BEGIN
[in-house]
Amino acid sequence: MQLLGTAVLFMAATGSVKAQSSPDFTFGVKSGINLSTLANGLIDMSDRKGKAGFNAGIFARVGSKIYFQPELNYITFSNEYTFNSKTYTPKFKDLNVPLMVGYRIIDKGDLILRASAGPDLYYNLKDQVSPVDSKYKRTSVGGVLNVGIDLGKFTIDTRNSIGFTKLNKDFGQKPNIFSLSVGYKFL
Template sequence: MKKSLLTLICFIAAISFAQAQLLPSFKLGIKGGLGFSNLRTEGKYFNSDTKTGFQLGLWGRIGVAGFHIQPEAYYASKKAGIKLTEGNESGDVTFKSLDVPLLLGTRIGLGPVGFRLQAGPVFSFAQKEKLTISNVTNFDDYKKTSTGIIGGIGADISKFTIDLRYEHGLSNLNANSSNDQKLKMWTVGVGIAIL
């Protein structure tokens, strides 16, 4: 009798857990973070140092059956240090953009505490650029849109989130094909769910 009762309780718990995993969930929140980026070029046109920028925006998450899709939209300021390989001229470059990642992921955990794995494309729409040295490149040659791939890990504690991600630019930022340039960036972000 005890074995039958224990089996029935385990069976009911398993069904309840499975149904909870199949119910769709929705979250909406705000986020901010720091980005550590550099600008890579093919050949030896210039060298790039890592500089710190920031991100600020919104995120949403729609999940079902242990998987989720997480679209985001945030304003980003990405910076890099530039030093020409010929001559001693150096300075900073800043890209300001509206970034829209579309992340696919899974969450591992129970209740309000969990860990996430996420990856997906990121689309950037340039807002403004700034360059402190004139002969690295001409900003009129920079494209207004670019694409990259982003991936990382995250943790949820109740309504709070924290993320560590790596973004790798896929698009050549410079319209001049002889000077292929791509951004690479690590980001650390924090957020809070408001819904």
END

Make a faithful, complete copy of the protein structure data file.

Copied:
[in-house]
Amino acid sequence: MQLLGTAVLFMAATGSVKAQSSPDFTFGVKSGINLSTLANGLIDMSDRKGKAGFNAGIFARVGSKIYFQPELNYITFSNEYTFNSKTYTPKFKDLNVPLMVGYRIIDKGDLILRASAGPDLYYNLKDQVSPVDSKYKRTSVGGVLNVGIDLGKFTIDTRNSIGFTKLNKDFGQKPNIFSLSVGYKFL
Template sequence: MKKSLLTLICFIAAISFAQAQLLPSFKLGIKGGLGFSNLRTEGKYFNSDTKTGFQLGLWGRIGVAGFHIQPEAYYASKKAGIKLTEGNESGDVTFKSLDVPLLLGTRIGLGPVGFRLQAGPVFSFAQKEKLTISNVTNFDDYKKTSTGIIGGIGADISKFTIDLRYEHGLSNLNANSSNDQKLKMWTVGVGIAIL
């Protein structure tokens, strides 16, 4: 009798857990973070140092059956240090953009505490650029849109989130094909769910 009762309780718990995993969930929140980026070029046109920028925006998450899709939209300021390989001229470059990642992921955990794995494309729409040295490149040659791939890990504690991600630019930022340039960036972000 005890074995039958224990089996029935385990069976009911398993069904309840499975149904909870199949119910769709929705979250909406705000986020901010720091980005550590550099600008890579093919050949030896210039060298790039890592500089710190920031991100600020919104995120949403729609999940079902242990998987989720997480679209985001945030304003980003990405910076890099530039030093020409010929001559001693150096300075900073800043890209300001509206970034829209579309992340696919899974969450591992129970209740309000969990860990996430996420990856997906990121689309950037340039807002403004700034360059402190004139002969690295001409900003009129920079494209207004670019694409990259982003991936990382995250943790949820109740309504709070924290993320560590790596973004790798896929698009050549410079319209001049002889000077292929791509951004690479690590980001650390924090957020809070408001819904």